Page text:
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Drop in Chinese milk production amid heat stress

There are clear signs that growth in milk production in China is leveling off and, recently, even declining, says a team of Chinese and international researchers, including from World Agroforestry (ICRAF), in a study published in the journal, Climatic Change.

New Zealand cattle
Cattle in China have faced high risk of heat stress in recent months

Heat stress is one of the main reasons for the recent reduction. In their study, the team computed the change in milk production as a result of heat stress in production areas in China.

They constructed a temperature – humidity index spatial layer to understand the monthly distribution of heat and moisture and documented specific areas in northern China where cattle were at high risk of heat stress in specific months.

The index’s values exceeded the threshold above which milk production declines during the months of June, July and August.

Especially during July, the index value was higher than the production threshold in recent years (2008 to 2016) and in projected future scenarios (2050 and 2070). Reductions in milk yields owing to heat stress increased from 0.7 to about 4 kg per cow per day in July 2016.

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These losses are projected to increase from 1.5 to 6.5 kg by 2050 and 2 to 7.2 kg by 2070, representing production losses ranging 15 and 50%.

The results suggest that climate change will have significant consequences for the dairy sector in China and other milk-producing nations.

The results are useful in identifying areas susceptible to heat stress where adaptive practices can be deployed in livestock management to prevent significant production decreases.

Why does it matter?

The dairy sector is important for economic and food security across many countries. Millions of farmers worldwide raise approximately 280 million dairy cows to produce milk. The major global economic expansion of milk production started five decades ago with increased consumption of cow’s milk and, correspondingly, milk products began being traded in greater number.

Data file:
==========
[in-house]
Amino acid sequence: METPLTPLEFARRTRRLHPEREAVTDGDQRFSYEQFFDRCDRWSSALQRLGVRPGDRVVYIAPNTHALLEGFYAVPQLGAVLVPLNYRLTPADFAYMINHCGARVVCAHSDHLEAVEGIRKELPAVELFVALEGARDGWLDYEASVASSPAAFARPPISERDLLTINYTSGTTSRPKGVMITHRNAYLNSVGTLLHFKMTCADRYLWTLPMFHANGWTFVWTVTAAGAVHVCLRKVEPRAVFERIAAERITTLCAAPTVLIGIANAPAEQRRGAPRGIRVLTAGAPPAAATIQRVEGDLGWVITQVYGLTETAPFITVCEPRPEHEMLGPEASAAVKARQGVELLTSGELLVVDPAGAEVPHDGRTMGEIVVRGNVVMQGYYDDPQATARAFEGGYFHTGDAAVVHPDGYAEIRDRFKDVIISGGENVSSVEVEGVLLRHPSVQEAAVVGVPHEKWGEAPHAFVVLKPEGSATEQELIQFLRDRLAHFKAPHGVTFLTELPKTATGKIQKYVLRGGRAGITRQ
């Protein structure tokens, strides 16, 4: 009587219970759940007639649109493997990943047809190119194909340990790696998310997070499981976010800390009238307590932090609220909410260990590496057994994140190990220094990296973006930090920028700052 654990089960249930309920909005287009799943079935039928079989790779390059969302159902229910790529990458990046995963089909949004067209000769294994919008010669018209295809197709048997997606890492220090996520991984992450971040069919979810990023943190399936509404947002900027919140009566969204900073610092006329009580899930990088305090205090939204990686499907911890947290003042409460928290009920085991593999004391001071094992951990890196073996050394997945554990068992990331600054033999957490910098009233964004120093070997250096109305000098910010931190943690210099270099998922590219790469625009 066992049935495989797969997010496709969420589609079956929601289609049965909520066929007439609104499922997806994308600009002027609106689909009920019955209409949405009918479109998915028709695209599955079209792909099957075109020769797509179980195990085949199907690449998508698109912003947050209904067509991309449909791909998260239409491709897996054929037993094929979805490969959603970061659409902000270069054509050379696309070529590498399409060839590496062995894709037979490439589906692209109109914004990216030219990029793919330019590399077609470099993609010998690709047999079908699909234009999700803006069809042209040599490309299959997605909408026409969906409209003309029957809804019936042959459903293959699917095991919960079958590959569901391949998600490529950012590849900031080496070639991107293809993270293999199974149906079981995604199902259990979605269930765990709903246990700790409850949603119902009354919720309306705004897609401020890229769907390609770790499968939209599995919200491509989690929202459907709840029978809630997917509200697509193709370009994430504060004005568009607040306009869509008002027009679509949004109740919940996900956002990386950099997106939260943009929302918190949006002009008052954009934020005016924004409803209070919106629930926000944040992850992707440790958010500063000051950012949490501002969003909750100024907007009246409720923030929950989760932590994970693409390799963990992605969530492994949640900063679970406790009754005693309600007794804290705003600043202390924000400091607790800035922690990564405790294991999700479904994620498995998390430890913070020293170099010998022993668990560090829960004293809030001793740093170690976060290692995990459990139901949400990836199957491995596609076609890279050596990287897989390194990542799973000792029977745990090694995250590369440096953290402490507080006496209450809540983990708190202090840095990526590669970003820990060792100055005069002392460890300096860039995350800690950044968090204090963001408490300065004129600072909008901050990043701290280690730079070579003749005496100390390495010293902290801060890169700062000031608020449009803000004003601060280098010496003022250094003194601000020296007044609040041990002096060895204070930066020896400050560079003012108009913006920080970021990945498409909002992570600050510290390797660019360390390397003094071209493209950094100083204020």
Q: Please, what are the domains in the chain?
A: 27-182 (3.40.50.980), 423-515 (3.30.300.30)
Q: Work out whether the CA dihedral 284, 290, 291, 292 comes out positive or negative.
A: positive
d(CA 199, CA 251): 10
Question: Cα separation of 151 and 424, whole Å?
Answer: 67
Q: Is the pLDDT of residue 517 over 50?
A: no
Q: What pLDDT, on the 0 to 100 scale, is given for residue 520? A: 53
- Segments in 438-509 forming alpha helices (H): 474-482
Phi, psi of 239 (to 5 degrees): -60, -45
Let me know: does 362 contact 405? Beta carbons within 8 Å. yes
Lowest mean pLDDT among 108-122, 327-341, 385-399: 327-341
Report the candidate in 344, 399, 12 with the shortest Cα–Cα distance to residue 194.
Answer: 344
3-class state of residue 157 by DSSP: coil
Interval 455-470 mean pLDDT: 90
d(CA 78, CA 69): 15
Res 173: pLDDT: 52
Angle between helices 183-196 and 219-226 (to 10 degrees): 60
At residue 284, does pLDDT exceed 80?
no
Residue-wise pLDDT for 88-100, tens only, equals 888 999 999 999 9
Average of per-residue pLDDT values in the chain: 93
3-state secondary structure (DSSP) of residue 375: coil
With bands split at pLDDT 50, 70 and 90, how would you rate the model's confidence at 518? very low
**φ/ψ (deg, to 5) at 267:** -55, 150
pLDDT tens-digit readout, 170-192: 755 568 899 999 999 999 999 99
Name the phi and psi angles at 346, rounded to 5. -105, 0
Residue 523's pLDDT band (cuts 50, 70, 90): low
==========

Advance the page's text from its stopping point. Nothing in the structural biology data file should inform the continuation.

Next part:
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Driven by changing lifestyles, global milk consumption is projected to increase by about 60% by 2050, with many new consumers being in China. Governments promote milk consumption in food-based dietary guidelines and school milk programs because of the efficiency and effectiveness of milk in preventing malnutrition.

Currently, China is the world’s leading milk importer, bringing in 12 million tonnes of raw milk in 2013, a quantity 123 times larger than that in 1961 and equal to 25% of domestic consumption in 2013. To meet rapidly increasing demand for dairy products, the growth of the dairy industry is accelerating. Milk production continues to increase in response to growing domestic demand, which largely originates from urban areas.

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What to do?

It is important to understand where heat stress could have the biggest impacts in order to try to mitigate the consequential decline in milk production. Regulations for promoting the revitalisation of the dairy industry could consider relocating existing farms and better plan where new major dairy farm establishment should operate.

Factors to include in such planning are 1) low temperature – humidity index values; 2) feed availability, especially high-quality local forage, like alfalfa and corn silage; 3) water availability; 4) land availability to produce high-quality forage as well as recycle manure (integrated crop – livestock approach); and 5) farming scale.

An “ideal farm” is one that can use local resources without environmental and economic burden. 

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